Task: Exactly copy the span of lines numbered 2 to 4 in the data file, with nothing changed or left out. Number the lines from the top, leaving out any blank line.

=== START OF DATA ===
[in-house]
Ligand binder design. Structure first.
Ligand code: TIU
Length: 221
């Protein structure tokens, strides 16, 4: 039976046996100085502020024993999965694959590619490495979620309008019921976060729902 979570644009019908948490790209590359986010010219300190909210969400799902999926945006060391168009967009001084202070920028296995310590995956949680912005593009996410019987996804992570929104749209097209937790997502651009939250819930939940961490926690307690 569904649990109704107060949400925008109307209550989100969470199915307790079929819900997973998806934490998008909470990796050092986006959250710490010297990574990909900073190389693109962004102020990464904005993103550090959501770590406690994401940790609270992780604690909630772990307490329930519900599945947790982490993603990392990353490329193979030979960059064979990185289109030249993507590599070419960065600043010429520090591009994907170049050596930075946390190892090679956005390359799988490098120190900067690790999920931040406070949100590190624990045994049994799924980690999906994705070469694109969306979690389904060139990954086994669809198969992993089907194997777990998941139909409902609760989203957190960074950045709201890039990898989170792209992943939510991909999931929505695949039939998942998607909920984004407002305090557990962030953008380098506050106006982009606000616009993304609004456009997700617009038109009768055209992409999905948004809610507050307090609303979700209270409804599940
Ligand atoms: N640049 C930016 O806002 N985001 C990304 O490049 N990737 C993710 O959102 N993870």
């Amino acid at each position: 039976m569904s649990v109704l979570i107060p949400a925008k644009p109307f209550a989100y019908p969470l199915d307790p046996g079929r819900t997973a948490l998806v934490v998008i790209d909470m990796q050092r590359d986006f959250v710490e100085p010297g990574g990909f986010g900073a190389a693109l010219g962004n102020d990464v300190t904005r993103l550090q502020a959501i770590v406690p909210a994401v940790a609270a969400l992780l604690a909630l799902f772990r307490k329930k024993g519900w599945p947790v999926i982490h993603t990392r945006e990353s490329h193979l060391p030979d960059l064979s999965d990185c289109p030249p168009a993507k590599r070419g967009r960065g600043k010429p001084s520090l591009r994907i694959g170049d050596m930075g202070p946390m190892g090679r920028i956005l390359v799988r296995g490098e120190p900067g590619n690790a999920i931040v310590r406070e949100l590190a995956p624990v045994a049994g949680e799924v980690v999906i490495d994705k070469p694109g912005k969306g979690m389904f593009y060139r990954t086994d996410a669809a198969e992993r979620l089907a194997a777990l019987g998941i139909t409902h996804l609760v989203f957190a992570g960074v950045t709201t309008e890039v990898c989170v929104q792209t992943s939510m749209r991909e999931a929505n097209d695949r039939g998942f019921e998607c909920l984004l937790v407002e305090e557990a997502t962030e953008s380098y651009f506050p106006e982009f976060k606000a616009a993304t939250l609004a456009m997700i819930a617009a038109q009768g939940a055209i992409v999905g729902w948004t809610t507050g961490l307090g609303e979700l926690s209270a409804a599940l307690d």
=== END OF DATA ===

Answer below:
Ligand binder design. Structure first.
Ligand code: TIU
Length: 221